Recent public announcements concerning Connecticut’s fiscal condition have come out in separate disjointed fashion. Taken together, they spell impending crisis.
It is no surprise that the state is facing an enormous deficit this year (and into the future), due, in part, to the sudden economic shutdown occasioned by the pandemic.
However, in larger part, the crisis has been long coming and widely anticipated. It is a function of the bill coming due for decades of paying state employees massively overgenerous, yet woefully underfunded, compensation. It is unlikely that Connecticut will have money both to continue state operations and to fund employee retirement benefits.
On the first of this month, Governor Lamont released his official deficit mitigation plan, as required after Comptroller Kevin Lembo made the obvious official, namely that the state faces a deficit of $1.8 billion in the current year’s budget of approximately $21 billion.
No one really knows where the state and the country are headed economically. The good news is that the state’s rainy day fund has grown to $3 billion since 2017. Lamont said he would use most of the fund to close the budget gap.
Just days before, the governor announced his hiring of Boston Consulting Group to find $500 million in annual state savings, primarily from workforce attrition. The goal is to automate or eliminate many job functions, so that the expected retirement before mid-year 2022 of an estimated one-third of the state’s 49,000-person workforce will require the fewest possible replacements.
Of course, Lamont could have saved one-quarter of the savings target by using his emergency powers to cancel the $135 million state employee pay raise last July 1st.
That would have caused employees little pain, as demonstrated by a recently released Yankee Institute study, which found that Connecticut’s state and municipal employees (excluding teachers) are paid about $20,000 per year more than their private sector counterparts. That translates into an aggregate annual premium of almost $1 billion for 49,000 state employees, assuming they and municipal employees enjoy equivalent pay.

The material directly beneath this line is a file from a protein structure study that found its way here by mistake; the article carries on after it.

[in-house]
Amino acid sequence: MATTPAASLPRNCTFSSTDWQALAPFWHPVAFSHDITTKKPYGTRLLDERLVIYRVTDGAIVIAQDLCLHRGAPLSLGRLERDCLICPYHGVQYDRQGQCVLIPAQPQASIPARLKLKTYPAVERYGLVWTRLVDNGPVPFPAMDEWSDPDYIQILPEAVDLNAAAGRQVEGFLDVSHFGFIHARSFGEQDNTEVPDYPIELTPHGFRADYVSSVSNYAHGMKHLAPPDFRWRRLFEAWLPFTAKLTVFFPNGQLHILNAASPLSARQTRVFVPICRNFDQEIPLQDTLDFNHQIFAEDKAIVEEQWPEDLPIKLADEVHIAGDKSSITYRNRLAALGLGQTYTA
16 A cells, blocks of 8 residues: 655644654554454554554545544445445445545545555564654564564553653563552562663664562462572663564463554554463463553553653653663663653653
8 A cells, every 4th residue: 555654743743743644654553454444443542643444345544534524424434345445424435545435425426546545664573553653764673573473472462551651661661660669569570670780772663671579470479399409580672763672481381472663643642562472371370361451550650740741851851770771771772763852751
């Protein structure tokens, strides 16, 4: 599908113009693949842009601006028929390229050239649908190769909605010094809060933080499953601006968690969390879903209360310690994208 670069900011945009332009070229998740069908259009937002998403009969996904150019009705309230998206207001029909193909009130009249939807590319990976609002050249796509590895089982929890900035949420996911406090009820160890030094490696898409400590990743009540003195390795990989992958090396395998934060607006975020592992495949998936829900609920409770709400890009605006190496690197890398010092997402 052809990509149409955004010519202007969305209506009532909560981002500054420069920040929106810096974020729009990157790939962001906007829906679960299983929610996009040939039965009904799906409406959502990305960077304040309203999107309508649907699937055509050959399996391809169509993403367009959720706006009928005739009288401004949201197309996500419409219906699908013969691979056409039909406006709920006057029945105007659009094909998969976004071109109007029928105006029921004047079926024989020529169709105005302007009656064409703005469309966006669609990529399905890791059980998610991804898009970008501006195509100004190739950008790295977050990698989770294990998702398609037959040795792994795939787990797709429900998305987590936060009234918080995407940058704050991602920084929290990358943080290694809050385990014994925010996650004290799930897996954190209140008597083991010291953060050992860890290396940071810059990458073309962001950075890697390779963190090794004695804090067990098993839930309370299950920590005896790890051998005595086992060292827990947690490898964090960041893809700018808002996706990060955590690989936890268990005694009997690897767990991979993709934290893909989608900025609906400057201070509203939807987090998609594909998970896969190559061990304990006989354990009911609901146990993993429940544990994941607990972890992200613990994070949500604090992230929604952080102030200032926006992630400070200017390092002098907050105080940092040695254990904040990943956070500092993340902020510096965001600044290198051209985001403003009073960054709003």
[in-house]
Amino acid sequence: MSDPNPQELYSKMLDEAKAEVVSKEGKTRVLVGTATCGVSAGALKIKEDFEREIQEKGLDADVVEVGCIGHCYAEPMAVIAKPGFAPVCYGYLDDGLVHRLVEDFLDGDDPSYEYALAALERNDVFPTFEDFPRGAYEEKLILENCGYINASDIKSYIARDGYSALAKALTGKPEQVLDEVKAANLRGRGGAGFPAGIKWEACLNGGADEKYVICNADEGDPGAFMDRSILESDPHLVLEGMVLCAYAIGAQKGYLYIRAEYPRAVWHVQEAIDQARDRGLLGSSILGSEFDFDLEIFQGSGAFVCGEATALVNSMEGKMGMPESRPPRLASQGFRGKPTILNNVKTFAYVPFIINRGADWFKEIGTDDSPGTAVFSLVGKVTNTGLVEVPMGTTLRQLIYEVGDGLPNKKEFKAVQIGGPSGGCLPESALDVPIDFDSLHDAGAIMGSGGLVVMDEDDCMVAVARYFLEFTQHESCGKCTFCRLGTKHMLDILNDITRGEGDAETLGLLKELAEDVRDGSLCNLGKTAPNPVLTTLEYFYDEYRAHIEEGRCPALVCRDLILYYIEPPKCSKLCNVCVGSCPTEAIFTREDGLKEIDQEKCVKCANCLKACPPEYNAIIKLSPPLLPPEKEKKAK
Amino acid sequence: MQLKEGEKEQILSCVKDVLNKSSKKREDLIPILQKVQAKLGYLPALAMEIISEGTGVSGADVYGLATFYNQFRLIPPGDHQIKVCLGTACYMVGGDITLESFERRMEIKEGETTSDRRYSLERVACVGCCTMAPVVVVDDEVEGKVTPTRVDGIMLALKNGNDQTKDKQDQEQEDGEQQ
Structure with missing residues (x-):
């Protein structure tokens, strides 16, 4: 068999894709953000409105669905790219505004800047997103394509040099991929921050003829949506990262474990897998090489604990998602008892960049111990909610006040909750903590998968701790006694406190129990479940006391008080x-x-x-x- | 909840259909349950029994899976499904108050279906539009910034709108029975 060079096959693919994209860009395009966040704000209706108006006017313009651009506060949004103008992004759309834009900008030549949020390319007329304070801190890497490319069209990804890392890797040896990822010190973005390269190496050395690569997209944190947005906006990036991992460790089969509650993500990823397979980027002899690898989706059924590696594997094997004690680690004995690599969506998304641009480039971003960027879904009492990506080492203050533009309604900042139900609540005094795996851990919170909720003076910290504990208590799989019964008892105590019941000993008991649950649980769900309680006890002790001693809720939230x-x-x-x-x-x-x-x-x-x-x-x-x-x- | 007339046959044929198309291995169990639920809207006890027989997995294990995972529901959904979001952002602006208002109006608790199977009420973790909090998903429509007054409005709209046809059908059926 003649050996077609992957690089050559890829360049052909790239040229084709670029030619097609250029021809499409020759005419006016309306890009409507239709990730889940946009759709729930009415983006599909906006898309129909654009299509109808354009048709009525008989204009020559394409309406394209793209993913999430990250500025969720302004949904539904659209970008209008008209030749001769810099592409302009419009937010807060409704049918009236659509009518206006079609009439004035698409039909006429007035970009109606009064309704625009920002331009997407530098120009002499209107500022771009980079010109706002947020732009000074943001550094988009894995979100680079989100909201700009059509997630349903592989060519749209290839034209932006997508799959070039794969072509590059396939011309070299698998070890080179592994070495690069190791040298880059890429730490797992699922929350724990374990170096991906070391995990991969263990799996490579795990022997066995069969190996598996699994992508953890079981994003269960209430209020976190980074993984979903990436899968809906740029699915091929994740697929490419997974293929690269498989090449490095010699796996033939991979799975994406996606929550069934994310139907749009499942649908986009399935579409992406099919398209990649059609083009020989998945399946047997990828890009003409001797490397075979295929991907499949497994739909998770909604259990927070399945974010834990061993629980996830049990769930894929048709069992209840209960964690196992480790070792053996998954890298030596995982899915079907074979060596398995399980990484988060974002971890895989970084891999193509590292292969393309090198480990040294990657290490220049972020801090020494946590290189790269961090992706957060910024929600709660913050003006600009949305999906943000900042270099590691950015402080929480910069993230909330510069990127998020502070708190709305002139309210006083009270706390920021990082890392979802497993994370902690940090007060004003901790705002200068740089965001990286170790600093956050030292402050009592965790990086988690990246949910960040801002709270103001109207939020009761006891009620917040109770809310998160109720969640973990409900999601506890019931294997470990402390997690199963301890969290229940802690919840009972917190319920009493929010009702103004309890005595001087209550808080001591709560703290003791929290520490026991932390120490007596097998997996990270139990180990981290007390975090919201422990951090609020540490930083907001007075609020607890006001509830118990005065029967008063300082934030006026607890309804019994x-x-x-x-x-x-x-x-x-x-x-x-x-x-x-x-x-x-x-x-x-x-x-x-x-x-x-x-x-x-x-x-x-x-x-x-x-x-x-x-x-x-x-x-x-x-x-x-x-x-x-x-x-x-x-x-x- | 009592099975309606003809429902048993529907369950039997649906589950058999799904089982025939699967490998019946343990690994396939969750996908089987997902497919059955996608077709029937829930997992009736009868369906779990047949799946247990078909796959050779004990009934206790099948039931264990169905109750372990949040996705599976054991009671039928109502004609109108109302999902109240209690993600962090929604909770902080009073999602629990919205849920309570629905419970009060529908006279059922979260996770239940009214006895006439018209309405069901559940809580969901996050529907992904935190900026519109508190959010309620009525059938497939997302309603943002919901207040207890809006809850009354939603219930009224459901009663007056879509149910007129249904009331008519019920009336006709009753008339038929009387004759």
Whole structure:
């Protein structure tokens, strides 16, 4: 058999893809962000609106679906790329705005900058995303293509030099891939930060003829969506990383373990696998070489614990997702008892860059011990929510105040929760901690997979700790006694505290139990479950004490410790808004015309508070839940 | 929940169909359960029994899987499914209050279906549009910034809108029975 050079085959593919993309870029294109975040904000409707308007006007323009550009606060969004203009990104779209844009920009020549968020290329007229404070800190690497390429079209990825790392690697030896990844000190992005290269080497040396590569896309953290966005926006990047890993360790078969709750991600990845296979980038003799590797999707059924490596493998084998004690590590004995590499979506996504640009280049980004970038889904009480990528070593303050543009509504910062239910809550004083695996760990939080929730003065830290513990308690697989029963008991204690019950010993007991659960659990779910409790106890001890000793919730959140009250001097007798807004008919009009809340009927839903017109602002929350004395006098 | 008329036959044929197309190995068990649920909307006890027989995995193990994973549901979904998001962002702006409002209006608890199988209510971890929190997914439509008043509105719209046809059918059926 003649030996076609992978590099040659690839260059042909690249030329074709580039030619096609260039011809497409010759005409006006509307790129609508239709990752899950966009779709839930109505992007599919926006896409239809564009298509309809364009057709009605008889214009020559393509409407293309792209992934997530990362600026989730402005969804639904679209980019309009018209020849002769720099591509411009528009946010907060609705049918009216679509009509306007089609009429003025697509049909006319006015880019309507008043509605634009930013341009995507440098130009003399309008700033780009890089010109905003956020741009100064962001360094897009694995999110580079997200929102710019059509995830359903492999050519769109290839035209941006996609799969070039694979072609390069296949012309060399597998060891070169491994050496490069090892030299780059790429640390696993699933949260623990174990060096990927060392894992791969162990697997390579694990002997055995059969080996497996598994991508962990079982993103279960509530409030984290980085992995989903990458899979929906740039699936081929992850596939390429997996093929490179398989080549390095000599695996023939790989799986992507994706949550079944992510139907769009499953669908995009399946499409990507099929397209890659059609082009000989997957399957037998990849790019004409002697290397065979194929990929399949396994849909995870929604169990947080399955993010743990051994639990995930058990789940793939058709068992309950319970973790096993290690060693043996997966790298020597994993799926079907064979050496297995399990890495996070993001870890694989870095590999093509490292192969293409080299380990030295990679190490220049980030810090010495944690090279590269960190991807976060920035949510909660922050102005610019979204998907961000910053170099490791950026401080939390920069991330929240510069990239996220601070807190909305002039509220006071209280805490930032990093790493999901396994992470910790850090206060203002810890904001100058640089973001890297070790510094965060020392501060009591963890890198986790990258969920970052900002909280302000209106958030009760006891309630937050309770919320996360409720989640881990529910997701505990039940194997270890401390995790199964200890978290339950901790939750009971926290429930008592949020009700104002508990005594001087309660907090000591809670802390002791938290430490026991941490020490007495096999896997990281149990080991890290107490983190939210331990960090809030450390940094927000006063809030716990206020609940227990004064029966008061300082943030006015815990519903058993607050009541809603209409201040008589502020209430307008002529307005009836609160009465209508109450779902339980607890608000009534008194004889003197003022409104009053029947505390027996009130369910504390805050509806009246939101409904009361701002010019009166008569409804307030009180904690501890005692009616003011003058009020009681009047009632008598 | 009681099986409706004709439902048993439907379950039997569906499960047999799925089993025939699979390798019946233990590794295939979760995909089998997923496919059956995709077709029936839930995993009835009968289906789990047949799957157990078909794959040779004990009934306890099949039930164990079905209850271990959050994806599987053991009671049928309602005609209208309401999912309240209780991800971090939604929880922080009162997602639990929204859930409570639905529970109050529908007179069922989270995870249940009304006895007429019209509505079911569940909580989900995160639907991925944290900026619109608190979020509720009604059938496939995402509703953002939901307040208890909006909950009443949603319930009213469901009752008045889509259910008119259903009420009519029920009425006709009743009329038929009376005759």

This enormous pay premium has persisted for well over a decade. If, during the past decade, state officials had followed a hiring policy of pay parity with the private sector, Connecticut would have saved billions, helping to close much of the huge gap between the meager $13 billion currently in the State Employee Retirement Fund (SERF) and its estimated future labilities of $34 billion.
The recently issued 2020 annual Cash Flow Report for SERF shows that SERF ran a negative cash flow last fiscal year ending on June 30th. Retirees were paid $2.1 billion in pension payments while the state contributed $1.6 billion, leaving a shortfall of about $500 million before employee contributions of almost $200 million and investment earnings of $200 million narrowed the ultimate cash flow deficit to $100 million.
Soon, the flow of red ink at SERF will turn into a torrent. Last year there were roughly 52,000 retirees. By July 2022, the retirement of that one-third of active employees will add roughly another 16,000 retirees, a 31% increase. So, pension benefit payments will increase by 31% to about $2.8 billion.
To avoid a SERF cash flow crisis, the state contribution will have to increase dramatically… at the same time the state itself is facing a severe cash crunch.
It is not much of an exaggeration to say that Connecticut faces a choice between sustaining its own operations and saving SERF.
There are only three ways to avoid the financial crisis: (1) massive tax increases and/or service cuts (2) significant cuts in state employee benefits and/or (3) a federal bailout. Number one will convert a financial crisis into a full-blown economic crisis as the current exodus of businesses and individuals turns into a stampede to states with healthier business and tax climates.
Number two involves self-explanatory pain for state employees and tremendous political and legal turmoil. State employee union leaders have negotiated outlandishly generous benefits that they knew could never be paid, at least from the state’s own resources. Some rank and file union members may applaud union negotiators’ achievements. However, union leaders have knowingly allowed those benefits to go grossly underfunded; they authorized Malloy in 2017 and Lamont in 2019 to reduce scheduled state contributions to SERF over the next three decades.
Number three depends upon the outcome of the upcoming election. If national Democrats win total control in Washington, it is likely that they will bail out this deep blue state, whose financial fiasco has been wrought by their fellow Democrats and their public sector union allies who have controlled the state for about four decades.